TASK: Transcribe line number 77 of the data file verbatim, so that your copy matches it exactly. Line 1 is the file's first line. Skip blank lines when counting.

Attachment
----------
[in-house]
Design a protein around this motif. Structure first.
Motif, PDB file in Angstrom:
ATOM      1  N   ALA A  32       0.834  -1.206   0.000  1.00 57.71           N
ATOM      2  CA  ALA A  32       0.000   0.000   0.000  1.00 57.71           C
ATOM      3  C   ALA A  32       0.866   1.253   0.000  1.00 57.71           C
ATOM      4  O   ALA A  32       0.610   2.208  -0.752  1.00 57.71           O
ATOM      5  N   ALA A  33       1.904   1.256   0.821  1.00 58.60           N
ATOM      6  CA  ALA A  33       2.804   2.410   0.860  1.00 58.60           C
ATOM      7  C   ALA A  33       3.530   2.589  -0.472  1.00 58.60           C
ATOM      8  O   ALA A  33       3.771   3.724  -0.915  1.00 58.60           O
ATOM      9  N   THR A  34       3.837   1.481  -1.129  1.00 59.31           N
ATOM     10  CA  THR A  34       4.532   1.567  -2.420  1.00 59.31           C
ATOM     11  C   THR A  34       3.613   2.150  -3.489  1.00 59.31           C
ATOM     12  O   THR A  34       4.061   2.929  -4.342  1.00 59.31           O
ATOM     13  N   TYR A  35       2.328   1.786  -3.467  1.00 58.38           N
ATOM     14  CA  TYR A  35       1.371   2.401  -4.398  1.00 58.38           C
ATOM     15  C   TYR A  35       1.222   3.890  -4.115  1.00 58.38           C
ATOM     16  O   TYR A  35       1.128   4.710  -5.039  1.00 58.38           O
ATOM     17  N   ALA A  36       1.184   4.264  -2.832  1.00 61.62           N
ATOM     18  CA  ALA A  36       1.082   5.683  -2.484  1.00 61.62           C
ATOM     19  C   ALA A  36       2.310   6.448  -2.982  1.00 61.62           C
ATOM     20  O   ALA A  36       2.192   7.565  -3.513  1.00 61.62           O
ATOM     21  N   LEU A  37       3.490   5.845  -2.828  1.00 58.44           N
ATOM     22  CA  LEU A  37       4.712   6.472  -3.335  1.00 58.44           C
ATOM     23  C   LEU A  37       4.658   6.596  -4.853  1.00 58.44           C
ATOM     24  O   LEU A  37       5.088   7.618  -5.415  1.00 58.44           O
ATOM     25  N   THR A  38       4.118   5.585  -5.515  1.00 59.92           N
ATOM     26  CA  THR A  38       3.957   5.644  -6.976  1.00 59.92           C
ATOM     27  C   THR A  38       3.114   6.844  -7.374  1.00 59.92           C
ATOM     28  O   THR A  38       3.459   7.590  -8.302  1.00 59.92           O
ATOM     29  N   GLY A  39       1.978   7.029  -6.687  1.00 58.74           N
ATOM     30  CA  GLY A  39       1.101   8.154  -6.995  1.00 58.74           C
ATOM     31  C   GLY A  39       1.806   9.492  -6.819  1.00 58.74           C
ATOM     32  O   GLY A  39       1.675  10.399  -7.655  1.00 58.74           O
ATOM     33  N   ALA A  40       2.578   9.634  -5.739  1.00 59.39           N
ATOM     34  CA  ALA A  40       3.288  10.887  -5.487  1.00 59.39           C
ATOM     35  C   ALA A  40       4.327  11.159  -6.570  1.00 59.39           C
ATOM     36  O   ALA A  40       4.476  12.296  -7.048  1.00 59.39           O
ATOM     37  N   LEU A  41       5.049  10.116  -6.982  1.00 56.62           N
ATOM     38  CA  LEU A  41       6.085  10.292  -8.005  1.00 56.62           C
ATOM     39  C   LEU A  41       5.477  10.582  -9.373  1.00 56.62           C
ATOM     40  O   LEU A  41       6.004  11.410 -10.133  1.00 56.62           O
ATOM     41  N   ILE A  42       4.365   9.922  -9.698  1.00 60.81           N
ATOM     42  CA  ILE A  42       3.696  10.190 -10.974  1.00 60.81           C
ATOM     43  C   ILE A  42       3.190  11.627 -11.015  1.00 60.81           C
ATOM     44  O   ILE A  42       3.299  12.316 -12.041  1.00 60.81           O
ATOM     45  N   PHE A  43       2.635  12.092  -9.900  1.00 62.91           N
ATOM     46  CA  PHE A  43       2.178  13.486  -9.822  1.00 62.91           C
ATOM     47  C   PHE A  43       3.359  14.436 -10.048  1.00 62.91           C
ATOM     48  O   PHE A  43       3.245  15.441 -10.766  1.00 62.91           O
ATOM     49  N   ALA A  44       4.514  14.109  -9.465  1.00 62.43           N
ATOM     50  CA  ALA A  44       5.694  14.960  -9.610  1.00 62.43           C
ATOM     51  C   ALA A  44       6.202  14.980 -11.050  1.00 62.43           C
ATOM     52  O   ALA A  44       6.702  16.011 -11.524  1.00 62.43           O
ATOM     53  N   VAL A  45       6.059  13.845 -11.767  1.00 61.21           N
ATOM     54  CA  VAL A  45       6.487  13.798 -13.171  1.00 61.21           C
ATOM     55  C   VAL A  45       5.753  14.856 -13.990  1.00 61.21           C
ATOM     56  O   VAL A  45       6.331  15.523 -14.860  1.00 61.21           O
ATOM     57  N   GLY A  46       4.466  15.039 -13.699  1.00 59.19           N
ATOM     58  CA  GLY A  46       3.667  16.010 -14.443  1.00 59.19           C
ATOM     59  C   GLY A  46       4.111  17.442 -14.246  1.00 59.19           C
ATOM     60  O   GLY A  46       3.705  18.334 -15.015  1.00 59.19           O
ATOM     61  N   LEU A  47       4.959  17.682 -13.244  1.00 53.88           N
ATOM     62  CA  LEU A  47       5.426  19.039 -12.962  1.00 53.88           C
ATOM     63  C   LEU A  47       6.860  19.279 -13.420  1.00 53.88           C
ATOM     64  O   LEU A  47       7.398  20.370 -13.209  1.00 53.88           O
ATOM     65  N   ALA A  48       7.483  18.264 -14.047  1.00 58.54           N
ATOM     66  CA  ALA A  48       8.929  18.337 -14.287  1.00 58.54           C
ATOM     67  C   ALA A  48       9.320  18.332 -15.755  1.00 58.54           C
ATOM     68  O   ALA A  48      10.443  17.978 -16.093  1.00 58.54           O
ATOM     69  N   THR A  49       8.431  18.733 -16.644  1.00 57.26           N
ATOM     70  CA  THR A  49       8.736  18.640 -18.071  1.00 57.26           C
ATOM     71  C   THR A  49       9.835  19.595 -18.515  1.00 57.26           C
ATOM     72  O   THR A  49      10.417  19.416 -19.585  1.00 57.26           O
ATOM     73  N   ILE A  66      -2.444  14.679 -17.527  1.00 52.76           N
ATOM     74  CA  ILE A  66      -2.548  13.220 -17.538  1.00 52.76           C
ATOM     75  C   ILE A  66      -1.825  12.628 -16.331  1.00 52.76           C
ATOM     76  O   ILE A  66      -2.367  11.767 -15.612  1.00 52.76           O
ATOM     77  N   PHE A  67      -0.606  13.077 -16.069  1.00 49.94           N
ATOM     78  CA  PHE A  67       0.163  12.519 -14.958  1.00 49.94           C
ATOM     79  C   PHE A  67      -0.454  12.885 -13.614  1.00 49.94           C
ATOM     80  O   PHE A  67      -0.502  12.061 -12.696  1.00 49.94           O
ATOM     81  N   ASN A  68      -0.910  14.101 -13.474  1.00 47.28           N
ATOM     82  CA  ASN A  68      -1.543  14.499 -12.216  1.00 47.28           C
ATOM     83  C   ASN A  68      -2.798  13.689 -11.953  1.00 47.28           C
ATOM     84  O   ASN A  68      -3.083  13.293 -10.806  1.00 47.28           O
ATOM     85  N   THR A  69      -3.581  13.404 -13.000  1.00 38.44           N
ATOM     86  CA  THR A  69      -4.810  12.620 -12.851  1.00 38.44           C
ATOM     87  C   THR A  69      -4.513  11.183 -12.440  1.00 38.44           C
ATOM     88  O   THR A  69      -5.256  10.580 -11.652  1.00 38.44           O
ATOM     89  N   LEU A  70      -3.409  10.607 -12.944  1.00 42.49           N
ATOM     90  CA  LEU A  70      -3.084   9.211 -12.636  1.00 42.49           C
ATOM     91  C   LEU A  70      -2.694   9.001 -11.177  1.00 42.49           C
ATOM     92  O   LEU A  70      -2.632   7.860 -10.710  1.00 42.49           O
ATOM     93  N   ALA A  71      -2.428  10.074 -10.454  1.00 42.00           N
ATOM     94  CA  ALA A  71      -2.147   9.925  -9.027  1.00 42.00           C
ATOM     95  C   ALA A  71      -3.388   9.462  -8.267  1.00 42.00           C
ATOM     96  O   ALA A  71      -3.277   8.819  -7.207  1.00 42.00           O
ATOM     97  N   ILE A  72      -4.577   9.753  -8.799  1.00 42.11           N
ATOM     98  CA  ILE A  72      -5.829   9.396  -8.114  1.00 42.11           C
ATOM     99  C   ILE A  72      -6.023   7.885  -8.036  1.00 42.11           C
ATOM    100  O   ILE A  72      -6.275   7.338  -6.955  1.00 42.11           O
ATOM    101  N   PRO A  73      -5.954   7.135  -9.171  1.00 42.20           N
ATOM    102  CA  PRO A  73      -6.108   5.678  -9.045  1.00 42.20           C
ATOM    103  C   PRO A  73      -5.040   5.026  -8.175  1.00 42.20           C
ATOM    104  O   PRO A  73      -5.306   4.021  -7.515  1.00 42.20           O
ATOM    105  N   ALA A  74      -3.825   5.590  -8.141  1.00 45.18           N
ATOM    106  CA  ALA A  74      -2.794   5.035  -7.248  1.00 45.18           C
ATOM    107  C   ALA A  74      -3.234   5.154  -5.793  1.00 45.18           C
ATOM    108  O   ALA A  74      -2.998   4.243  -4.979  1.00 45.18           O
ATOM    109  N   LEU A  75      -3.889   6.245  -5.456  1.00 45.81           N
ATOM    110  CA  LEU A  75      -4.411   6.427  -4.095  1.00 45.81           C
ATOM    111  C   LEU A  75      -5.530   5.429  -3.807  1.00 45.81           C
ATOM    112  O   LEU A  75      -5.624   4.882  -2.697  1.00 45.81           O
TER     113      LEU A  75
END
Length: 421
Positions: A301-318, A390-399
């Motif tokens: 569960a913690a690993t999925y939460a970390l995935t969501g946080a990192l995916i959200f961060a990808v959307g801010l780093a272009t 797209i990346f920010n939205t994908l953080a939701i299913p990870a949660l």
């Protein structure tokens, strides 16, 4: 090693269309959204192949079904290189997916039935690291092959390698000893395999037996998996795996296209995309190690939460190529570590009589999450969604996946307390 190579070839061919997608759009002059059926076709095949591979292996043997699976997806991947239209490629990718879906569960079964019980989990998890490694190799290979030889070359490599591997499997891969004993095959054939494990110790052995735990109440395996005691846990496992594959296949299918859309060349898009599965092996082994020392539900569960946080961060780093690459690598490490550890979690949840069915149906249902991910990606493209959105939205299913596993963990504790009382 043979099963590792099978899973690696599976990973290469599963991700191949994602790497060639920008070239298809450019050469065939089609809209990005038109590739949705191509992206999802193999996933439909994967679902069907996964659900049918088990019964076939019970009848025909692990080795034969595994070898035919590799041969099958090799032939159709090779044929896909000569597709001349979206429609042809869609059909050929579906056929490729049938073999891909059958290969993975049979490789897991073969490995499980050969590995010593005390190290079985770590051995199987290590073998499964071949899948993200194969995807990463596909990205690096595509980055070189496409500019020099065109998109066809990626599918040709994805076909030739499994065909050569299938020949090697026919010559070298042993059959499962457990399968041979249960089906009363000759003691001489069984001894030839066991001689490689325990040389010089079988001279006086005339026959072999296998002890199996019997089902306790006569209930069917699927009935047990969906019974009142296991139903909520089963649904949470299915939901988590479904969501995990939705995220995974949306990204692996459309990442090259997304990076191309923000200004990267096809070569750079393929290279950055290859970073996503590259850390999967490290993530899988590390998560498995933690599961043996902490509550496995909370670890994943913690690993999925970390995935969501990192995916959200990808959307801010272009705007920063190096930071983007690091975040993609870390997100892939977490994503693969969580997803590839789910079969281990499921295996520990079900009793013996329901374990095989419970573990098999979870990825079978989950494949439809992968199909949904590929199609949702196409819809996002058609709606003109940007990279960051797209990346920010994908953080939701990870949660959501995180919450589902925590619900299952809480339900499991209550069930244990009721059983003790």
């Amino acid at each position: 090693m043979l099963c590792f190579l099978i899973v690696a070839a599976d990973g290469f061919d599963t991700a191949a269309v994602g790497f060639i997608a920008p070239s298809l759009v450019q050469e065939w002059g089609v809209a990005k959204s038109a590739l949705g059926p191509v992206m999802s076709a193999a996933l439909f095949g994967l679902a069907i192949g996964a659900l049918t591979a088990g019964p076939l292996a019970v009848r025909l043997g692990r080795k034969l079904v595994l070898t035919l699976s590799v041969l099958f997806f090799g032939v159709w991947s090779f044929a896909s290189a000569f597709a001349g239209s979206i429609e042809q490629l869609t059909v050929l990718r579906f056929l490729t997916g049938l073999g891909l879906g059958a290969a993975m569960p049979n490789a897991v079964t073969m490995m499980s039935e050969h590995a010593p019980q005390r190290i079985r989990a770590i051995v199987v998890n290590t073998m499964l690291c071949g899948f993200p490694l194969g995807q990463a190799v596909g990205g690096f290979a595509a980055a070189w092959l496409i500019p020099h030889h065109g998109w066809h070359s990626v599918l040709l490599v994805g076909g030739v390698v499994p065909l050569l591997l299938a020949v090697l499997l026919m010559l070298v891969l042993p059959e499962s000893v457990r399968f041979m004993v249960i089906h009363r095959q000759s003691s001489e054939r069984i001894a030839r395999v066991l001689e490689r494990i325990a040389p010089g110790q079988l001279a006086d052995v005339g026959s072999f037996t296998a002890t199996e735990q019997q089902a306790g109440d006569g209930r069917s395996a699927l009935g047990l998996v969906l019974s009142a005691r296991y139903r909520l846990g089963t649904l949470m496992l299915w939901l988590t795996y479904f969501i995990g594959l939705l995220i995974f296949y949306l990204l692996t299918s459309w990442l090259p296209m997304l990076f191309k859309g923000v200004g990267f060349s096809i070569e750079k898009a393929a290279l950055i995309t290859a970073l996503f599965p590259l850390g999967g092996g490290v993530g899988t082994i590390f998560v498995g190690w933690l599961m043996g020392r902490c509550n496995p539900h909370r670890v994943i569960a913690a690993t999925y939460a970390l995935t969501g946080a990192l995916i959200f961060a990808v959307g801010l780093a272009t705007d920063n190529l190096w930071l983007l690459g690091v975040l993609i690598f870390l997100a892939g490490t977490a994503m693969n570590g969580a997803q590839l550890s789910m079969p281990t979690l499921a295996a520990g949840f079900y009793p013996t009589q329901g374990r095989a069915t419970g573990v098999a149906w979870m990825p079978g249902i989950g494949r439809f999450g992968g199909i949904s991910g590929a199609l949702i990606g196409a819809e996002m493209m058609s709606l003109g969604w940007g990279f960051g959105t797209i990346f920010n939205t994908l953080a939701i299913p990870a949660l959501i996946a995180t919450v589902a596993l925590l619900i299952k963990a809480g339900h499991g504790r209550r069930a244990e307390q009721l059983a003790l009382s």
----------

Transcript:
ATOM     74  CA  ILE A  66      -2.548  13.220 -17.538  1.00 52.76           C